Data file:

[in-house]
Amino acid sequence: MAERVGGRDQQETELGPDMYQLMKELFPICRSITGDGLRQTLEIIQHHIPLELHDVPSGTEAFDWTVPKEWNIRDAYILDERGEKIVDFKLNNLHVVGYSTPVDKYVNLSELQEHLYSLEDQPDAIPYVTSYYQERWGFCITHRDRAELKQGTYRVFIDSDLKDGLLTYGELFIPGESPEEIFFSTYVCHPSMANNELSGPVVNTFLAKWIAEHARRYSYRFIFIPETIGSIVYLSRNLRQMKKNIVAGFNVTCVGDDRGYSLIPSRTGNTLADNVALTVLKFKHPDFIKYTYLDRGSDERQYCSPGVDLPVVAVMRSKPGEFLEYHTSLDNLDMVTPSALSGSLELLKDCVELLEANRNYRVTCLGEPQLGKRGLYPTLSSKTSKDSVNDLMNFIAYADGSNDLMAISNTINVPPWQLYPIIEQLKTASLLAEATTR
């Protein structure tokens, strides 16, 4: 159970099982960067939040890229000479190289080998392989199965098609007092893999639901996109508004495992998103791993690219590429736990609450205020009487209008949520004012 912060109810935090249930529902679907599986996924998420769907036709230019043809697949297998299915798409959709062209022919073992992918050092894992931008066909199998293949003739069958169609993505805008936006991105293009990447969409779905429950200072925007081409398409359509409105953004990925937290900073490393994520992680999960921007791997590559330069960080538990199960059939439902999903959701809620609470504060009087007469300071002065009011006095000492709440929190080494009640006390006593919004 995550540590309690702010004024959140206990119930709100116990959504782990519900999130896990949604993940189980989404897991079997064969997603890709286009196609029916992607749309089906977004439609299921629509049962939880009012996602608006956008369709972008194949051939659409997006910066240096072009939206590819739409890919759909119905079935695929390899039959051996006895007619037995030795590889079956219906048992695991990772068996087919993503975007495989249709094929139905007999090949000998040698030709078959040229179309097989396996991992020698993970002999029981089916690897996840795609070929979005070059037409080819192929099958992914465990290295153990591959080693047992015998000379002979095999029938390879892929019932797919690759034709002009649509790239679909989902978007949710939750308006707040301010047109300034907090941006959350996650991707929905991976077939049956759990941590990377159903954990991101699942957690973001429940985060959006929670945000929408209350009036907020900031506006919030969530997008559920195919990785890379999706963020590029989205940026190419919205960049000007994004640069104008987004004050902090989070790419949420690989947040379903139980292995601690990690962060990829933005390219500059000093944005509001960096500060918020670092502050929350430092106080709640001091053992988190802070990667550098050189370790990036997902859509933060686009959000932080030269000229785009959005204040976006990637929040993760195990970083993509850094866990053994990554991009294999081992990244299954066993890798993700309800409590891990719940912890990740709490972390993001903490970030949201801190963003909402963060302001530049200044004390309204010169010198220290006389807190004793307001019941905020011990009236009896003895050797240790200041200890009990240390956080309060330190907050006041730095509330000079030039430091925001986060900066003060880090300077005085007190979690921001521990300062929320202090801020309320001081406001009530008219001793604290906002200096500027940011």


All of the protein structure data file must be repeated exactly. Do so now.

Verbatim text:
[in-house]
Amino acid sequence: MAERVGGRDQQETELGPDMYQLMKELFPICRSITGDGLRQTLEIIQHHIPLELHDVPSGTEAFDWTVPKEWNIRDAYILDERGEKIVDFKLNNLHVVGYSTPVDKYVNLSELQEHLYSLEDQPDAIPYVTSYYQERWGFCITHRDRAELKQGTYRVFIDSDLKDGLLTYGELFIPGESPEEIFFSTYVCHPSMANNELSGPVVNTFLAKWIAEHARRYSYRFIFIPETIGSIVYLSRNLRQMKKNIVAGFNVTCVGDDRGYSLIPSRTGNTLADNVALTVLKFKHPDFIKYTYLDRGSDERQYCSPGVDLPVVAVMRSKPGEFLEYHTSLDNLDMVTPSALSGSLELLKDCVELLEANRNYRVTCLGEPQLGKRGLYPTLSSKTSKDSVNDLMNFIAYADGSNDLMAISNTINVPPWQLYPIIEQLKTASLLAEATTR
């Protein structure tokens, strides 16, 4: 159970099982960067939040890229000479190289080998392989199965098609007092893999639901996109508004495992998103791993690219590429736990609450205020009487209008949520004012 912060109810935090249930529902679907599986996924998420769907036709230019043809697949297998299915798409959709062209022919073992992918050092894992931008066909199998293949003739069958169609993505805008936006991105293009990447969409779905429950200072925007081409398409359509409105953004990925937290900073490393994520992680999960921007791997590559330069960080538990199960059939439902999903959701809620609470504060009087007469300071002065009011006095000492709440929190080494009640006390006593919004 995550540590309690702010004024959140206990119930709100116990959504782990519900999130896990949604993940189980989404897991079997064969997603890709286009196609029916992607749309089906977004439609299921629509049962939880009012996602608006956008369709972008194949051939659409997006910066240096072009939206590819739409890919759909119905079935695929390899039959051996006895007619037995030795590889079956219906048992695991990772068996087919993503975007495989249709094929139905007999090949000998040698030709078959040229179309097989396996991992020698993970002999029981089916690897996840795609070929979005070059037409080819192929099958992914465990290295153990591959080693047992015998000379002979095999029938390879892929019932797919690759034709002009649509790239679909989902978007949710939750308006707040301010047109300034907090941006959350996650991707929905991976077939049956759990941590990377159903954990991101699942957690973001429940985060959006929670945000929408209350009036907020900031506006919030969530997008559920195919990785890379999706963020590029989205940026190419919205960049000007994004640069104008987004004050902090989070790419949420690989947040379903139980292995601690990690962060990829933005390219500059000093944005509001960096500060918020670092502050929350430092106080709640001091053992988190802070990667550098050189370790990036997902859509933060686009959000932080030269000229785009959005204040976006990637929040993760195990970083993509850094866990053994990554991009294999081992990244299954066993890798993700309800409590891990719940912890990740709490972390993001903490970030949201801190963003909402963060302001530049200044004390309204010169010198220290006389807190004793307001019941905020011990009236009896003895050797240790200041200890009990240390956080309060330190907050006041730095509330000079030039430091925001986060900066003060880090300077005085007190979690921001521990300062929320202090801020309320001081406001009530008219001793604290906002200096500027940011």